RPS: Letís start with the trailer. Why did you decide to emphasize that particular moment? Will any of the characters we saw be playable?
Mateusz Kanik: We wanted to catch the atmosphere of Cyberpunk. The moment is important, but what we wanted emphasize is the setting: How the city looks, how it feels, how augmentations can change your mind. So you can see that we are very faithful to the original, despite moving it 50 years forward. You have megacorporations, the psycho squad and the problem of people losing it after too many improvements. We surely do want the characters from the trailer to appear in the game, but itís too early and a little bit spoilerish to talk about the details.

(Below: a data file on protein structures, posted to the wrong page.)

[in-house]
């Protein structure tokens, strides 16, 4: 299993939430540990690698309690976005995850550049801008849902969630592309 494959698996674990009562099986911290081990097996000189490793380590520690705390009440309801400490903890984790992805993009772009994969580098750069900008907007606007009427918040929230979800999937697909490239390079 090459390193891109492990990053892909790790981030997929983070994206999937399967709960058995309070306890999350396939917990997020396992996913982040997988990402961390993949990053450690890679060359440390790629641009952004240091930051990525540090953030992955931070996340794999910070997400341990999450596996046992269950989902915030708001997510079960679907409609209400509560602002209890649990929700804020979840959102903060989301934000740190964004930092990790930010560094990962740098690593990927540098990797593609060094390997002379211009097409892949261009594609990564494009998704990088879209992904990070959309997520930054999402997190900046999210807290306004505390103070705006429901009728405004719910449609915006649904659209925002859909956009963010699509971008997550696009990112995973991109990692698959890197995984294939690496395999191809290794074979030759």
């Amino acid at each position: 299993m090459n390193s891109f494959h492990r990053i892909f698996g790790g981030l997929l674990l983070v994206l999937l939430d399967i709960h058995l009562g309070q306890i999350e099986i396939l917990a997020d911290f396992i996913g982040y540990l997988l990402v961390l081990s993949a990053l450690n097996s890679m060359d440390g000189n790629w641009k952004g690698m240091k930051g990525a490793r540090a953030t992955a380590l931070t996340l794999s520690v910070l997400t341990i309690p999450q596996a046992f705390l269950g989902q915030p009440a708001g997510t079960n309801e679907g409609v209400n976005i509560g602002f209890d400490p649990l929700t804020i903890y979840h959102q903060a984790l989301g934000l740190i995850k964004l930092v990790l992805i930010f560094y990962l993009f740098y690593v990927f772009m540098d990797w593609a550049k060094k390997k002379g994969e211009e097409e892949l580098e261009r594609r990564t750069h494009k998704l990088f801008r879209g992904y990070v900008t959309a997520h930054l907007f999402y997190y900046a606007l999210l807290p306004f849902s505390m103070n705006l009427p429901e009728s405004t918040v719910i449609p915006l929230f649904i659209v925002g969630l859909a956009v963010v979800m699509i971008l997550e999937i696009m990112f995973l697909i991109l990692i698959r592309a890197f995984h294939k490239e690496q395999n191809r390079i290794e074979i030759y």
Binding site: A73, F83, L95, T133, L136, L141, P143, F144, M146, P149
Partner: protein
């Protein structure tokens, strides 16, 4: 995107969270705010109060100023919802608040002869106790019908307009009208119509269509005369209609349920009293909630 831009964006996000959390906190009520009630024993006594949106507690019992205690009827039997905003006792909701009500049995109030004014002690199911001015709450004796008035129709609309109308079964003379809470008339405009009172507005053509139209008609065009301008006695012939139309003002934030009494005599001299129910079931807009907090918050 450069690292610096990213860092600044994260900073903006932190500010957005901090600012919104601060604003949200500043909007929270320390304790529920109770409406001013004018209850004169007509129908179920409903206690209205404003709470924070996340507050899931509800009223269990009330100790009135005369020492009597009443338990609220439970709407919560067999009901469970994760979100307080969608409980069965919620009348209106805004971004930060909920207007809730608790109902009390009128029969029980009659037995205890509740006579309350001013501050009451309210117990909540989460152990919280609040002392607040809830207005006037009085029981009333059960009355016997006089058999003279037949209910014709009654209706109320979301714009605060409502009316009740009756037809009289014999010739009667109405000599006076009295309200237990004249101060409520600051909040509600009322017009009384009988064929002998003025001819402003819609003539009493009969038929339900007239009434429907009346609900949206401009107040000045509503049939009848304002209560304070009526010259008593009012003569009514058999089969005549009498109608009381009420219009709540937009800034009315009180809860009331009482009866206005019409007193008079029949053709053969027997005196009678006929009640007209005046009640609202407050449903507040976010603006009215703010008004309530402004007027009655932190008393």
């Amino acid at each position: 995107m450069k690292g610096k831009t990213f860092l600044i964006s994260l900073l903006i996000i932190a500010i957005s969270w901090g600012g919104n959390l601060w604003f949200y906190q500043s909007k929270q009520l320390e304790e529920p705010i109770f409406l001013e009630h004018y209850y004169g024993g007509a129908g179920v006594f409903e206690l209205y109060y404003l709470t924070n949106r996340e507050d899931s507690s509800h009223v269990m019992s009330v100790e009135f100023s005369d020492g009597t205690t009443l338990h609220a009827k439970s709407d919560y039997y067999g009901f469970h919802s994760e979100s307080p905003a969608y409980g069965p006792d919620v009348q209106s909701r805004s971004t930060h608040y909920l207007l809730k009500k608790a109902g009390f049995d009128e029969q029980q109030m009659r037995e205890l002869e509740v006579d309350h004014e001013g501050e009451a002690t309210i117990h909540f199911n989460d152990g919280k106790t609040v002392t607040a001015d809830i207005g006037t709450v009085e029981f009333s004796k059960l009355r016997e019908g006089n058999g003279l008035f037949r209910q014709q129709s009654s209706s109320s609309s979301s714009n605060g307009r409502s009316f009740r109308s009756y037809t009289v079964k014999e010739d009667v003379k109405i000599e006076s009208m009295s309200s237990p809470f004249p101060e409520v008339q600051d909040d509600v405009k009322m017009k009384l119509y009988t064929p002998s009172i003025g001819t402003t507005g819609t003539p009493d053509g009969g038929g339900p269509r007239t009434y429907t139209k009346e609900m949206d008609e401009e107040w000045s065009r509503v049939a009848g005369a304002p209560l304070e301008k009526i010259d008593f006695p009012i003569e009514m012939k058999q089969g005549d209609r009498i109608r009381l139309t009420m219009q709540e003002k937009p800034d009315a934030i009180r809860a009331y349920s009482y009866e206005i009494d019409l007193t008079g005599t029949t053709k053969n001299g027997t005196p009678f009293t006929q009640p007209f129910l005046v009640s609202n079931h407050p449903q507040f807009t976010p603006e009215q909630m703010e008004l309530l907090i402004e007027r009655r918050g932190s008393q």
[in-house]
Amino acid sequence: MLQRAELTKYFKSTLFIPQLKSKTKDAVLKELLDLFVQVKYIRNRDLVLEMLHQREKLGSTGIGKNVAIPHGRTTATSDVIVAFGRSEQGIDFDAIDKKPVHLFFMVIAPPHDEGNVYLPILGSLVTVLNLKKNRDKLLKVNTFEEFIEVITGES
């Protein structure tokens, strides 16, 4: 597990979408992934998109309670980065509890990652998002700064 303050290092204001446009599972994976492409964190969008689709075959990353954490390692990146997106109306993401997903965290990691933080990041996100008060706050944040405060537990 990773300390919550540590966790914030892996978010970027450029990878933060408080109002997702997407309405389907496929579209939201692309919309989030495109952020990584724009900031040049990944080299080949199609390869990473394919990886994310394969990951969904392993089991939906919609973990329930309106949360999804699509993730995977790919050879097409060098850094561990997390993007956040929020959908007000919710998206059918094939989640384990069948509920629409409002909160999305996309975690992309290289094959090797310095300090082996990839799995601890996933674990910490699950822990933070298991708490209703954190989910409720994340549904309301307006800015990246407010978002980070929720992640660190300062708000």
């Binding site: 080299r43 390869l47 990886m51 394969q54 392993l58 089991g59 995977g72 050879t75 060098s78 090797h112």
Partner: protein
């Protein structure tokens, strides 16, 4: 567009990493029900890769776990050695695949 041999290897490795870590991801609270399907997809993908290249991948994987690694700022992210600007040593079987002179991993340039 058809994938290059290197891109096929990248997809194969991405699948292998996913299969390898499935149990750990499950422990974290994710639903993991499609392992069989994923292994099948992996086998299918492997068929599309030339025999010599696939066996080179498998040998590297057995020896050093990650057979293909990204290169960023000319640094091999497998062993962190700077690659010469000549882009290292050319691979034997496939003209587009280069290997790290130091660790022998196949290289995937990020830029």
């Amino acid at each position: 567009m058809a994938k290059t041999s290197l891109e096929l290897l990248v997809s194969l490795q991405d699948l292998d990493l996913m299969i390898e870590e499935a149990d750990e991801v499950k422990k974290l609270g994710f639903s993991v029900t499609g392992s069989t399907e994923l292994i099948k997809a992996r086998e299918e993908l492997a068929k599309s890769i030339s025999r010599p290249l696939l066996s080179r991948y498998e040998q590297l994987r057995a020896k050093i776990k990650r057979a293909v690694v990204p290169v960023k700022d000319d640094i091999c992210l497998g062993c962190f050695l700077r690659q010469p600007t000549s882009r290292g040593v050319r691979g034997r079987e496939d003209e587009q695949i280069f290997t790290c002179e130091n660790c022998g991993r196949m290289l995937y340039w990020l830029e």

RPS: Why that woman? A number of people were fairly taken aback by the fact that she was a scantily clad and in a compromising position, which is understandable. However, the camera panned out to reveal that her arms were grotesque scythes, which struck me as making it less about sex appeal and more about creating a striking image of destroyed beauty by way of rampant technological augmentation. Is that what you were going for?
Mateusz Kanik: Why not that woman? As for your interpretation: It is really cool that our short clip created some food for thought like that. We enjoy that people dive deeper and they do not see an ďepic, omgĒ flick on youtube, but something they think about when itís finished. Thatís how we want to make our games Ė you saw that in The Witcher series, moral choices and the problems the player faced were not trivial. Many people thought about decisions they made after they stopped playing. Thatís what we want to do with Cyberpunk 2077. The worst thing I could do as someone behind the trailer is to tell you how you should interpret it. So, no, I wonít tell you what we were going for. It would spoil the fun.